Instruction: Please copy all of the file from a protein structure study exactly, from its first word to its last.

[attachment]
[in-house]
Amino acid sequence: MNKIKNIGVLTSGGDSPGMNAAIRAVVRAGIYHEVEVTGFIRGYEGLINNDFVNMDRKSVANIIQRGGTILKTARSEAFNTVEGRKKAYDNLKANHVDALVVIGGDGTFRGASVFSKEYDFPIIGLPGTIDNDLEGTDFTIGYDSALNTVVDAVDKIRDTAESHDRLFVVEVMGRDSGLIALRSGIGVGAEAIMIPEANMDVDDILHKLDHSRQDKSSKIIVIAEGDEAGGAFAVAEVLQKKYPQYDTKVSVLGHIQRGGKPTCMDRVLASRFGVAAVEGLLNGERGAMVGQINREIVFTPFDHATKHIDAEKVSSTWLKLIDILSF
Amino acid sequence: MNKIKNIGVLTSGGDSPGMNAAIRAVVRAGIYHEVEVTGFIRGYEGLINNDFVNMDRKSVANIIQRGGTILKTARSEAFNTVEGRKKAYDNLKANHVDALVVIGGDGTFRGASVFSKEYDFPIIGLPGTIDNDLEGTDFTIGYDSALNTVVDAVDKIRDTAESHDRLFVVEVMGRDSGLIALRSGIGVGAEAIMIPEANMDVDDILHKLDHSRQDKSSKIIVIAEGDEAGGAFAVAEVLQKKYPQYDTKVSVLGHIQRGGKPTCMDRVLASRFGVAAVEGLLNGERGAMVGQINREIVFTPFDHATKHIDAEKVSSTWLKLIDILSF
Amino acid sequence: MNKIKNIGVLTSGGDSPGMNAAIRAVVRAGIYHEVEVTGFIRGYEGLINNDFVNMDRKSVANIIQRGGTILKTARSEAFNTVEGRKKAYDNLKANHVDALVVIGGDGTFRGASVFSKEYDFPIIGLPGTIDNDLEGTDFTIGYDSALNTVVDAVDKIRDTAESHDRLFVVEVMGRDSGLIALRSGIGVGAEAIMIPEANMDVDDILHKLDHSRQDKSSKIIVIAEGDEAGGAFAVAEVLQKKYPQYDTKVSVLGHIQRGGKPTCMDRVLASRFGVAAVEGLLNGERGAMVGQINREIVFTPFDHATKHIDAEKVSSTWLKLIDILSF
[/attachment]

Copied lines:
[in-house]
Amino acid sequence: MNKIKNIGVLTSGGDSPGMNAAIRAVVRAGIYHEVEVTGFIRGYEGLINNDFVNMDRKSVANIIQRGGTILKTARSEAFNTVEGRKKAYDNLKANHVDALVVIGGDGTFRGASVFSKEYDFPIIGLPGTIDNDLEGTDFTIGYDSALNTVVDAVDKIRDTAESHDRLFVVEVMGRDSGLIALRSGIGVGAEAIMIPEANMDVDDILHKLDHSRQDKSSKIIVIAEGDEAGGAFAVAEVLQKKYPQYDTKVSVLGHIQRGGKPTCMDRVLASRFGVAAVEGLLNGERGAMVGQINREIVFTPFDHATKHIDAEKVSSTWLKLIDILSF
Amino acid sequence: MNKIKNIGVLTSGGDSPGMNAAIRAVVRAGIYHEVEVTGFIRGYEGLINNDFVNMDRKSVANIIQRGGTILKTARSEAFNTVEGRKKAYDNLKANHVDALVVIGGDGTFRGASVFSKEYDFPIIGLPGTIDNDLEGTDFTIGYDSALNTVVDAVDKIRDTAESHDRLFVVEVMGRDSGLIALRSGIGVGAEAIMIPEANMDVDDILHKLDHSRQDKSSKIIVIAEGDEAGGAFAVAEVLQKKYPQYDTKVSVLGHIQRGGKPTCMDRVLASRFGVAAVEGLLNGERGAMVGQINREIVFTPFDHATKHIDAEKVSSTWLKLIDILSF
Amino acid sequence: MNKIKNIGVLTSGGDSPGMNAAIRAVVRAGIYHEVEVTGFIRGYEGLINNDFVNMDRKSVANIIQRGGTILKTARSEAFNTVEGRKKAYDNLKANHVDALVVIGGDGTFRGASVFSKEYDFPIIGLPGTIDNDLEGTDFTIGYDSALNTVVDAVDKIRDTAESHDRLFVVEVMGRDSGLIALRSGIGVGAEAIMIPEANMDVDDILHKLDHSRQDKSSKIIVIAEGDEAGGAFAVAEVLQKKYPQYDTKVSVLGHIQRGGKPTCMDRVLASRFGVAAVEGLLNGERGAMVGQINREIVFTPFDHATKHIDAEKVSSTWLKLIDILSF